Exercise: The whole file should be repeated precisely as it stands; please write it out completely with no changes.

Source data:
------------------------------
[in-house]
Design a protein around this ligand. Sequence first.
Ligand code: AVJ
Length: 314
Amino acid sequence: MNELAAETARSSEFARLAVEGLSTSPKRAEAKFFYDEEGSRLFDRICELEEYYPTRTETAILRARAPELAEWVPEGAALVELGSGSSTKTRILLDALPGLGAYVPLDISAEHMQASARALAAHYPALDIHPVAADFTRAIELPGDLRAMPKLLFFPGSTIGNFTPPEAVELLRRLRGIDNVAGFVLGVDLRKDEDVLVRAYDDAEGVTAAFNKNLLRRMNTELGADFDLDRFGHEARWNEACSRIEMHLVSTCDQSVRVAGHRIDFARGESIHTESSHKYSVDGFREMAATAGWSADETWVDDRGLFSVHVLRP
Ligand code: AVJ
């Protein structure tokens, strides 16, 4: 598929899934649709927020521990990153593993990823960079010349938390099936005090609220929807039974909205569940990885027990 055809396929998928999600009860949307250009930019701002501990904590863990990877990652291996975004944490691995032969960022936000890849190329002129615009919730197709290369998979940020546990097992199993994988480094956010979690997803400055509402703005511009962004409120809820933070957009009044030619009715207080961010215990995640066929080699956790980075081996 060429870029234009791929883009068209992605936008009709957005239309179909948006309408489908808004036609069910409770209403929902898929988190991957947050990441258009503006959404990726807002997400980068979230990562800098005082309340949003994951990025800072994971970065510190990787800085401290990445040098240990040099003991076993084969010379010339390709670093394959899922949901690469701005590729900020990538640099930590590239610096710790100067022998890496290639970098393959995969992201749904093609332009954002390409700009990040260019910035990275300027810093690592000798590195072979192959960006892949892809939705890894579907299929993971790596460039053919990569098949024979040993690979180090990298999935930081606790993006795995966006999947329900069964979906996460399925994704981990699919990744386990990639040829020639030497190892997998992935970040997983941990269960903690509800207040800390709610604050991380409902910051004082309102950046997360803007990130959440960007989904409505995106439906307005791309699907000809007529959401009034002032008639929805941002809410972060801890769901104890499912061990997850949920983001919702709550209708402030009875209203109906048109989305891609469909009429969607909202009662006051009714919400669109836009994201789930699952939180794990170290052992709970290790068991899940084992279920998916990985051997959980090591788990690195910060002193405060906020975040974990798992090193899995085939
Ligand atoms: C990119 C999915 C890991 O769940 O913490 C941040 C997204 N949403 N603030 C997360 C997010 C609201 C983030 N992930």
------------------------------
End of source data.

[in-house]
Design a protein around this ligand. Sequence first.
Ligand code: AVJ
Length: 314
Amino acid sequence: MNELAAETARSSEFARLAVEGLSTSPKRAEAKFFYDEEGSRLFDRICELEEYYPTRTETAILRARAPELAEWVPEGAALVELGSGSSTKTRILLDALPGLGAYVPLDISAEHMQASARALAAHYPALDIHPVAADFTRAIELPGDLRAMPKLLFFPGSTIGNFTPPEAVELLRRLRGIDNVAGFVLGVDLRKDEDVLVRAYDDAEGVTAAFNKNLLRRMNTELGADFDLDRFGHEARWNEACSRIEMHLVSTCDQSVRVAGHRIDFARGESIHTESSHKYSVDGFREMAATAGWSADETWVDDRGLFSVHVLRP
Ligand code: AVJ
């Protein structure tokens, strides 16, 4: 598929899934649709927020521990990153593993990823960079010349938390099936005090609220929807039974909205569940990885027990 055809396929998928999600009860949307250009930019701002501990904590863990990877990652291996975004944490691995032969960022936000890849190329002129615009919730197709290369998979940020546990097992199993994988480094956010979690997803400055509402703005511009962004409120809820933070957009009044030619009715207080961010215990995640066929080699956790980075081996 060429870029234009791929883009068209992605936008009709957005239309179909948006309408489908808004036609069910409770209403929902898929988190991957947050990441258009503006959404990726807002997400980068979230990562800098005082309340949003994951990025800072994971970065510190990787800085401290990445040098240990040099003991076993084969010379010339390709670093394959899922949901690469701005590729900020990538640099930590590239610096710790100067022998890496290639970098393959995969992201749904093609332009954002390409700009990040260019910035990275300027810093690592000798590195072979192959960006892949892809939705890894579907299929993971790596460039053919990569098949024979040993690979180090990298999935930081606790993006795995966006999947329900069964979906996460399925994704981990699919990744386990990639040829020639030497190892997998992935970040997983941990269960903690509800207040800390709610604050991380409902910051004082309102950046997360803007990130959440960007989904409505995106439906307005791309699907000809007529959401009034002032008639929805941002809410972060801890769901104890499912061990997850949920983001919702709550209708402030009875209203109906048109989305891609469909009429969607909202009662006051009714919400669109836009994201789930699952939180794990170290052992709970290790068991899940084992279920998916990985051997959980090591788990690195910060002193405060906020975040974990798992090193899995085939
Ligand atoms: C990119 C999915 C890991 O769940 O913490 C941040 C997204 N949403 N603030 C997360 C997010 C609201 C983030 N992930």